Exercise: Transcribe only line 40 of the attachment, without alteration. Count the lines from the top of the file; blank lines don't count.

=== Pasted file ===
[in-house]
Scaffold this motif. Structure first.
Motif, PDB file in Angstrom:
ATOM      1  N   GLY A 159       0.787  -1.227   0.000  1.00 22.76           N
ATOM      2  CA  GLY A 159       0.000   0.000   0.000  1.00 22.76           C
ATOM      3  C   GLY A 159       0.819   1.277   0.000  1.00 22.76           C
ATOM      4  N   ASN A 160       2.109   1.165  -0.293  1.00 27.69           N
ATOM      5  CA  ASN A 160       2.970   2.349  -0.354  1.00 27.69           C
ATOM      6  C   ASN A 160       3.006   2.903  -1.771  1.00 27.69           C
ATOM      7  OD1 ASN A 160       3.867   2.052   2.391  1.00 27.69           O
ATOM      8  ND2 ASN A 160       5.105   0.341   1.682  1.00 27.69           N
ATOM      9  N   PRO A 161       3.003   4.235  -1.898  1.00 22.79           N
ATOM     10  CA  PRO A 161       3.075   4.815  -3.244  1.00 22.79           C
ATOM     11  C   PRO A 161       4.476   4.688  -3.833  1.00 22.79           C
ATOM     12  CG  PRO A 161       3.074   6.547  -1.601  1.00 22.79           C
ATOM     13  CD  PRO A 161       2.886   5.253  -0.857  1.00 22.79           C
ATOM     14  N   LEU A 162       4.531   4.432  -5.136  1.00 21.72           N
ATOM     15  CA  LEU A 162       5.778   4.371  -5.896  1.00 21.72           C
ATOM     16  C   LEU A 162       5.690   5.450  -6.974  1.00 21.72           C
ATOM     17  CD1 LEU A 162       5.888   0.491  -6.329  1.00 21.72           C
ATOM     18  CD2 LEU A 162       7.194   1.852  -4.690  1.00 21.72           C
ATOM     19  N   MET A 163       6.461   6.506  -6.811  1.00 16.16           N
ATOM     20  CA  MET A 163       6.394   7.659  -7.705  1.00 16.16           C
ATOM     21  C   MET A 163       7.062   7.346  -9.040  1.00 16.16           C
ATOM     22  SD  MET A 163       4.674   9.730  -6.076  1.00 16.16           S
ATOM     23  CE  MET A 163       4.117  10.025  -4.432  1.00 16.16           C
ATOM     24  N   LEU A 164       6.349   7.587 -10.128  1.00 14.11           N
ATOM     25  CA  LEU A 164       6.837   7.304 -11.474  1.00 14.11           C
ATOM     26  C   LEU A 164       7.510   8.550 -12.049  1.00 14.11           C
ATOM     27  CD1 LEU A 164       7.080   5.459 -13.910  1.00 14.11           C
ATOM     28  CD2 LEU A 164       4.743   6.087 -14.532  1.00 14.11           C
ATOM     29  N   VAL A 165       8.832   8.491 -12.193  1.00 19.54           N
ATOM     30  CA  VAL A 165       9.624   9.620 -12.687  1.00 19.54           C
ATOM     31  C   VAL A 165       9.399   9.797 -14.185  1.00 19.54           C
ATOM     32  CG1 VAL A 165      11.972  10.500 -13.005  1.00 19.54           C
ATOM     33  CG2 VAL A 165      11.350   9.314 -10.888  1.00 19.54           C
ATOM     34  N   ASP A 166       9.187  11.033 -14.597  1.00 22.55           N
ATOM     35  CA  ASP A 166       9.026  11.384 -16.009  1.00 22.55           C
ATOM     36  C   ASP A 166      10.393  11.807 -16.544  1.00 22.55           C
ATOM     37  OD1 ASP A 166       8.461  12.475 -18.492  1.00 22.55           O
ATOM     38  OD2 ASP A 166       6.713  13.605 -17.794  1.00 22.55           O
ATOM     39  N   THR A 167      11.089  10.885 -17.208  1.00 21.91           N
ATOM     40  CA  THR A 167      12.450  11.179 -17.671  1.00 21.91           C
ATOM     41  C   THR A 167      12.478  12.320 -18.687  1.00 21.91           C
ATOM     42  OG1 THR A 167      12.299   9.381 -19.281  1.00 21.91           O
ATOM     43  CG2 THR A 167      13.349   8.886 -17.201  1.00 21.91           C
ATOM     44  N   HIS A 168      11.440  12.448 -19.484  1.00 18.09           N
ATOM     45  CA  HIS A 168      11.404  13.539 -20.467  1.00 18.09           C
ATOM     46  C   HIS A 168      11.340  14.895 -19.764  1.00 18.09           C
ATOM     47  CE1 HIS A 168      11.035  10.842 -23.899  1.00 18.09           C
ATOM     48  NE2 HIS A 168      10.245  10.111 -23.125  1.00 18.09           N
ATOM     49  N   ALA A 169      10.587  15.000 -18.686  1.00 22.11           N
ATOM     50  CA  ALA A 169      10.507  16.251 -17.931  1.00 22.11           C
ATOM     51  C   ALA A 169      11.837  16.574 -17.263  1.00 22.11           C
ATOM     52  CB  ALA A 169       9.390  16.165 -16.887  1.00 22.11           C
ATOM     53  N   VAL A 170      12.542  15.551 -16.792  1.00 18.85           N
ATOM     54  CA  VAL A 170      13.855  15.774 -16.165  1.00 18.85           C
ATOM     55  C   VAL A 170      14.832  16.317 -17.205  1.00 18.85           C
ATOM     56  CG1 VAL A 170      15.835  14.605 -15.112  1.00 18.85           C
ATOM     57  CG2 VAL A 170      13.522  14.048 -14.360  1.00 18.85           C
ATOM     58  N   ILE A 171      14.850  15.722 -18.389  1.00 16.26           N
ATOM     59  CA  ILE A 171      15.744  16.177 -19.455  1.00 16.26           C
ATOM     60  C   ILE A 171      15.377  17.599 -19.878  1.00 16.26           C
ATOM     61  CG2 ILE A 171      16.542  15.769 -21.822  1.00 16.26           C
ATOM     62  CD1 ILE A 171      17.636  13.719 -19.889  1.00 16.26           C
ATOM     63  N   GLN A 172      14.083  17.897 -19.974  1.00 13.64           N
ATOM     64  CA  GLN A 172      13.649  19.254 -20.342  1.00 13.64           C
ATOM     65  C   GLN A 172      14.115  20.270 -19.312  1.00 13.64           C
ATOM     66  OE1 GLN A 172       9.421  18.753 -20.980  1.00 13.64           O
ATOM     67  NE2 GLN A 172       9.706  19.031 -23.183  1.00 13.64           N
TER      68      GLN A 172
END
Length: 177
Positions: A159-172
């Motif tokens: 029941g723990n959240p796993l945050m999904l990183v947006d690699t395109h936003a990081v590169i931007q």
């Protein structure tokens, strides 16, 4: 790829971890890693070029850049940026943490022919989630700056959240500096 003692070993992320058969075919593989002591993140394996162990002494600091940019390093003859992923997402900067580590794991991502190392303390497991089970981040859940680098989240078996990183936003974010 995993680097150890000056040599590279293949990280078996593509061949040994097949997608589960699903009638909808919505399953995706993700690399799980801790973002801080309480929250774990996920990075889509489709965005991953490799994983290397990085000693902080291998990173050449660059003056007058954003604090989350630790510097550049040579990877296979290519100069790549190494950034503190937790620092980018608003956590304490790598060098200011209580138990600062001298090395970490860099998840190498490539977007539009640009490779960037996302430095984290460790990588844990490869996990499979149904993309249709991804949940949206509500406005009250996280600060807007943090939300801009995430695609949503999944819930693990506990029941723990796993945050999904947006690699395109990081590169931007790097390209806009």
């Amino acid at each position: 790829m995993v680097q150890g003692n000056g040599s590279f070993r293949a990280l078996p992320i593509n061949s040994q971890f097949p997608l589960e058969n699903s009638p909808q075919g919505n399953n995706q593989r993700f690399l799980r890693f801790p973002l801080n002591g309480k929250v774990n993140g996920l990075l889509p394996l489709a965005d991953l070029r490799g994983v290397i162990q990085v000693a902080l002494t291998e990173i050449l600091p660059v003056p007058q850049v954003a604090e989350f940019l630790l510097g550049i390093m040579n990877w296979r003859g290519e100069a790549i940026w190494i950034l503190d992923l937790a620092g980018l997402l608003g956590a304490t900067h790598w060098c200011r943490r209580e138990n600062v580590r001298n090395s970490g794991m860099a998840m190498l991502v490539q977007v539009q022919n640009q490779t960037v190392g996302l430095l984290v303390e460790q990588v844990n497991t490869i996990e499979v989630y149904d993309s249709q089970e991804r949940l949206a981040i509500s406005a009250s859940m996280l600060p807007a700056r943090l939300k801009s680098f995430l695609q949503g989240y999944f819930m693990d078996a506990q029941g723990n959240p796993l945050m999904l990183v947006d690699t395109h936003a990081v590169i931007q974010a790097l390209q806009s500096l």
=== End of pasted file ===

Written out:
ATOM     37  OD1 ASP A 166       8.461  12.475 -18.492  1.00 22.55           O